public static void main(String[] args) {
        for (int i = 0; i<10; i++){
            System.out.print(i+", ");
0, 1, 2, 3, 4, 5, 6, 7, 8, 9,

How does for loop work?

In this example, the first step is to declare and initialize the variable i.

Then the condition which is i<10 will be checked and because the result of this condition is true, the next step is to run the body of the loop.

Within the body of the loop, the value assigned to the i variable is sent to the output.

The next step is the update-statement which for this example is to increase the value of the i variable by one.

This process is repeated for 10 times and after that the condition-statement (i<10) will result false and the loop breaks at this point so the instructions after the loop will be run then.

Java infinite for loop

As mentioned at the beginning of this section, we can run an infinite loop via for loop as well.

Here’s how to do so:

Example: infinite loop in Java

public class Simple {
    public static void main(String[] args) {
        int i = 0;
        for (; true; ) {
            System.out.print(i+", ");
            if (i == 20) {
0, 1, 2, 3, 4, 5, 6, 7, 8, 9, 10, 11, 12, 13, 14, 15, 16, 17, 18, 19,

As we know, the initialization-statement and update-statement are optional and they can be skipped. (Just like the way we did in this example).

Within the condition-statement of the loop, we used the value true which is used as the result of the condition and so because no-matter how many times we repeat this loop the value of the condition won’t change, we need to use either break or return statement to end the loop at some point in the future.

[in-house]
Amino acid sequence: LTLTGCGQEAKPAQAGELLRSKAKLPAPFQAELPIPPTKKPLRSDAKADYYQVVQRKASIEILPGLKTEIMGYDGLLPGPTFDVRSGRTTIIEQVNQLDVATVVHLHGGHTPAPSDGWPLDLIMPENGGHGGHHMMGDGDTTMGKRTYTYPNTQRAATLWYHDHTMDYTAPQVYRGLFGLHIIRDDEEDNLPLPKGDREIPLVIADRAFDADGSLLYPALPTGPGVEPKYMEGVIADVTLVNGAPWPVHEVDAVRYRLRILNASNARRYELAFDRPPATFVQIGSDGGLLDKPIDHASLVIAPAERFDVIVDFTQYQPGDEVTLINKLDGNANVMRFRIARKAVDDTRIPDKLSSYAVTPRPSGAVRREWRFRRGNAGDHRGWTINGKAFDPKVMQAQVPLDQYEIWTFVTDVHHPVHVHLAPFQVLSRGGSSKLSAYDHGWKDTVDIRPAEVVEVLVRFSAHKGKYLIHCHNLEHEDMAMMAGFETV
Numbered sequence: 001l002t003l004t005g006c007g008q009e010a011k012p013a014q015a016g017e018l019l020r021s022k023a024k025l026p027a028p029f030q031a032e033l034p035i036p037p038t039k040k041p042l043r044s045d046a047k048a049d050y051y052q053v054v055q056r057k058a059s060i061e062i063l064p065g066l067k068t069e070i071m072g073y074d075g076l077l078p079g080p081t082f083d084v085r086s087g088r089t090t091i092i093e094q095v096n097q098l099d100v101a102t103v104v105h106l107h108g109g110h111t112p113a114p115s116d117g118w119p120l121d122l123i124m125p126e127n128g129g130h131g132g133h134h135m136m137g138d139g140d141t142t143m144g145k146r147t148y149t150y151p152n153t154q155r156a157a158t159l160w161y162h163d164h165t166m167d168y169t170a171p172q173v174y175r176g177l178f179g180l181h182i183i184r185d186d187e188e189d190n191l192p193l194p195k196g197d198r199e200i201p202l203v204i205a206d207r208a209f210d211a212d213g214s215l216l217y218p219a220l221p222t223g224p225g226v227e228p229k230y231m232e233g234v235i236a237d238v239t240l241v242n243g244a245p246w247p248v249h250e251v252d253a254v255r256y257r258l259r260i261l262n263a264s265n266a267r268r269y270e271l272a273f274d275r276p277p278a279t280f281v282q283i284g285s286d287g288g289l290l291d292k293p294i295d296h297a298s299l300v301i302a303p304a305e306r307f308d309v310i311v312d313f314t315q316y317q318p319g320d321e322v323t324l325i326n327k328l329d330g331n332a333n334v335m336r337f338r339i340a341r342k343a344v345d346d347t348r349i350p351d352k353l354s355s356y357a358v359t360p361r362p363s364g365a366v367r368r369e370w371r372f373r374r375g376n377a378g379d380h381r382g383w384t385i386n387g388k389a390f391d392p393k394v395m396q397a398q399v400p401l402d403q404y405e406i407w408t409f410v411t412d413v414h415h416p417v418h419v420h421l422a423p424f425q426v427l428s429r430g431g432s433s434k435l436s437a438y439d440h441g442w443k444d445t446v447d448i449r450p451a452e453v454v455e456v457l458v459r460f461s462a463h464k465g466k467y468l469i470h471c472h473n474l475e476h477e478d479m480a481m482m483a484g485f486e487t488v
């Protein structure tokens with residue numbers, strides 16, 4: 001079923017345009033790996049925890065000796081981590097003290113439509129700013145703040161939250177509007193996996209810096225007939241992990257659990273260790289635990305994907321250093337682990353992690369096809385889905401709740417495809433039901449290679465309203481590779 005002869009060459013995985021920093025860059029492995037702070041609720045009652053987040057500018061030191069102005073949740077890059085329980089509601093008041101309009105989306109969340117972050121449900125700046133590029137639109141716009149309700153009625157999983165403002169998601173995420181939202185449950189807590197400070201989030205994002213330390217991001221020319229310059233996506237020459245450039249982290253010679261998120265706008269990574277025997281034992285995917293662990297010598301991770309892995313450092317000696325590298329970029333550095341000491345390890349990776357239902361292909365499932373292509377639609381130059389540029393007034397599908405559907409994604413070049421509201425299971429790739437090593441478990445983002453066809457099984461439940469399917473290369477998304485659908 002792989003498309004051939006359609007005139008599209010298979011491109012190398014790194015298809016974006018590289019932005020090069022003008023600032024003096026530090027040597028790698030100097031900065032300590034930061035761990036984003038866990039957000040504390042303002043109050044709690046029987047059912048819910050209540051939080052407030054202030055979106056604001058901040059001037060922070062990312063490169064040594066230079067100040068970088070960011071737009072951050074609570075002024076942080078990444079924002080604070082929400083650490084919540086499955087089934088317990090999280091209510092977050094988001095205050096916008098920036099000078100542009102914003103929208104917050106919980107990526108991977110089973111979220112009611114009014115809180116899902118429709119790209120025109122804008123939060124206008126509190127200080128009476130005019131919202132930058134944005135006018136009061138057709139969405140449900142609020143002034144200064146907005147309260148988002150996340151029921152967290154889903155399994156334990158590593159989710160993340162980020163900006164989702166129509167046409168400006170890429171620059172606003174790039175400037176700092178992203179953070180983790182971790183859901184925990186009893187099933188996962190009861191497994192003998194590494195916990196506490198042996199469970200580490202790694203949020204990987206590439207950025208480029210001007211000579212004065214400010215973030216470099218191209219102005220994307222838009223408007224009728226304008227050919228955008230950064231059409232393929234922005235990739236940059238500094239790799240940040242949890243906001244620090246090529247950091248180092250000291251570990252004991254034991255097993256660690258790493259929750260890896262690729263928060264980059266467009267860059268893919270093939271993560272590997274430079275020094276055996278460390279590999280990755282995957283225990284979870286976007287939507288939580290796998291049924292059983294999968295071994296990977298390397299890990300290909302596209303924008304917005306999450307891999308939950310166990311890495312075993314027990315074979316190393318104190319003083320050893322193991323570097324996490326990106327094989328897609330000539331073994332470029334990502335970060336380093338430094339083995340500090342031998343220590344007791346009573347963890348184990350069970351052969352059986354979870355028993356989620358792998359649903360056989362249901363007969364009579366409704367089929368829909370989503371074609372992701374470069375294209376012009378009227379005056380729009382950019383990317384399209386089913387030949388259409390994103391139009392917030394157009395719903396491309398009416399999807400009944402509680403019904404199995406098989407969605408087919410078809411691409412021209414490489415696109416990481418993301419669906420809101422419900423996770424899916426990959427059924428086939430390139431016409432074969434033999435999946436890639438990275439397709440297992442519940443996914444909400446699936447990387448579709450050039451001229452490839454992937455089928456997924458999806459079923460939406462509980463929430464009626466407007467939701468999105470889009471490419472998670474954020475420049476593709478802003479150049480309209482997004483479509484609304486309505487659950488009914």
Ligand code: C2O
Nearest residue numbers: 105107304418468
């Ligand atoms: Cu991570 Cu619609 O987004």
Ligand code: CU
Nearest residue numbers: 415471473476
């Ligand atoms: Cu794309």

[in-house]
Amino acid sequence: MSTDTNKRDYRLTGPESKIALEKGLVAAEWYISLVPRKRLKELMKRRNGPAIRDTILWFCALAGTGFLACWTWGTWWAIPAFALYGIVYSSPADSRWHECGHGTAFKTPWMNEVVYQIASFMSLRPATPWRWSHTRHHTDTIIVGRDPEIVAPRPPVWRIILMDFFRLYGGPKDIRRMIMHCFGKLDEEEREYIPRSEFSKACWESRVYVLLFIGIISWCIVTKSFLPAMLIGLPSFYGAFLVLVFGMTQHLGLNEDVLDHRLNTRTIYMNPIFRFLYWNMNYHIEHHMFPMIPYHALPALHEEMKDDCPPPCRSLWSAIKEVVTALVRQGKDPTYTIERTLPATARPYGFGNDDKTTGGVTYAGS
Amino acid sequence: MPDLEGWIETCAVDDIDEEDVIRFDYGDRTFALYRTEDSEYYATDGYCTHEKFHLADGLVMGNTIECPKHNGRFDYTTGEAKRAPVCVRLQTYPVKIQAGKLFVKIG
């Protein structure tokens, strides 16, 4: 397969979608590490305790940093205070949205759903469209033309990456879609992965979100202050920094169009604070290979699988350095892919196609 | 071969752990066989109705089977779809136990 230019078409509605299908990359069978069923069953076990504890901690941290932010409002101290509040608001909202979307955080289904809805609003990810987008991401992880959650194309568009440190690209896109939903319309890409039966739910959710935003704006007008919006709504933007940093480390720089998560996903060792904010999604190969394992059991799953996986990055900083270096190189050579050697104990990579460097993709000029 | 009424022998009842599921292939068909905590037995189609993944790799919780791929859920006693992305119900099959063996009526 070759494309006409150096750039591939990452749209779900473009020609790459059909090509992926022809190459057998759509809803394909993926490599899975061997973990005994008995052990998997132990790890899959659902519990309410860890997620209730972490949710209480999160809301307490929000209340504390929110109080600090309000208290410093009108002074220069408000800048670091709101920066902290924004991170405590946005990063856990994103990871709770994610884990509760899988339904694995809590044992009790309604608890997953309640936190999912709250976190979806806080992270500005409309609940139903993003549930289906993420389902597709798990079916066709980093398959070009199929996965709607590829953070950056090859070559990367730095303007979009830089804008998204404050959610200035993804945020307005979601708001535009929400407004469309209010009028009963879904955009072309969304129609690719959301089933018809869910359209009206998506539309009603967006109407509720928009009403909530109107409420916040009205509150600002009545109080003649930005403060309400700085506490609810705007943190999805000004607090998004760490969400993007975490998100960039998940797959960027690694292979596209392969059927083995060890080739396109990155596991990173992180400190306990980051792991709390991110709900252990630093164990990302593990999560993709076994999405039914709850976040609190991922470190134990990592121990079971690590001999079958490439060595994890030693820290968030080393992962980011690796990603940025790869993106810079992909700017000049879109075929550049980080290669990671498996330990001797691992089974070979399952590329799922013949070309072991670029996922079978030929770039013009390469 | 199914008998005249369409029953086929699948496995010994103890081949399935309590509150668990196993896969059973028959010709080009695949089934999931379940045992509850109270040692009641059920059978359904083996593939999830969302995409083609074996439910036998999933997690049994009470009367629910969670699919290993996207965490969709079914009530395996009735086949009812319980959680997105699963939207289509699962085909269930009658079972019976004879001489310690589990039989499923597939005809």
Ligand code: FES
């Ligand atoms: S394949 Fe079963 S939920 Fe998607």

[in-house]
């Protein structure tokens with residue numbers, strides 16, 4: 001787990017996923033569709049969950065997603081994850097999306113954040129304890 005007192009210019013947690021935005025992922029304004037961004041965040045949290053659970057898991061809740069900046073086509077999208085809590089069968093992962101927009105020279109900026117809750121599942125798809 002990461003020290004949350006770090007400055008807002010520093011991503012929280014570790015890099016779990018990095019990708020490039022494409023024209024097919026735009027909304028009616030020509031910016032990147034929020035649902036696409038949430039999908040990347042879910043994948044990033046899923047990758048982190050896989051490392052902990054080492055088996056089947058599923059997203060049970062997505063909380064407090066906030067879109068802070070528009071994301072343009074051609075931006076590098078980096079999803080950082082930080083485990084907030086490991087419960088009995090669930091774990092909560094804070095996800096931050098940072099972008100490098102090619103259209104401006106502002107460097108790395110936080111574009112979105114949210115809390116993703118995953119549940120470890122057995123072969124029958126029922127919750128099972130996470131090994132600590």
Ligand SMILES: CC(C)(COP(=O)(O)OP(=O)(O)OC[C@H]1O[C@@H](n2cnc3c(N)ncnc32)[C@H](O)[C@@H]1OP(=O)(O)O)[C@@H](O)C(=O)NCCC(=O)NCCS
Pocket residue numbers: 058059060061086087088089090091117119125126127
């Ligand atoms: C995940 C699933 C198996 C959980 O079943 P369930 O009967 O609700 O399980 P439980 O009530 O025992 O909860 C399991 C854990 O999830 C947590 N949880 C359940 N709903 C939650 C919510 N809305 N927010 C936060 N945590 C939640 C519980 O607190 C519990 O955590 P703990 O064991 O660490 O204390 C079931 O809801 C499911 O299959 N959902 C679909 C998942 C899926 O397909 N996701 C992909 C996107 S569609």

For this particular example, we used the if-statement to check the value of the i variable at each round and finally when the value reached to 20, break the loop via the break keyword.

Java Nested for Loop

Using a for loop within the body of another for loop is called nested for loop.

One reason that we might want to use nested for loop is when we’re working on multidimensional arrays and want iterate through the entire elements of the sub-arrays! Note: you’ll learn more about for loop and multidimensional arrays in later sections.

Example: creating nested for loop in Java

class Main{
	public static void main(String[] args) {
		int multi[][] = {
		for (int i = 0 ; i<multi.length; i++){
			for (int b = 0; b<multi[i].length; b++){

Java for Loop vs While Loop

Both for loop and while loop are capable of running a block of code for x number of times, but the design of for loop is more focused towards creating loops that should run for a specific number of times. On the other hand, the while loop is designed to run a block of code as long as a condition is met! So the number is not of the focus when using the while loop.

Note: remember, both while and for loop still are capable of doing the same tasks, but their main difference is in the design purpose.

More to Read:

Java for-each loop (AKA enhanced for loop)

Java break statement

Java continue statement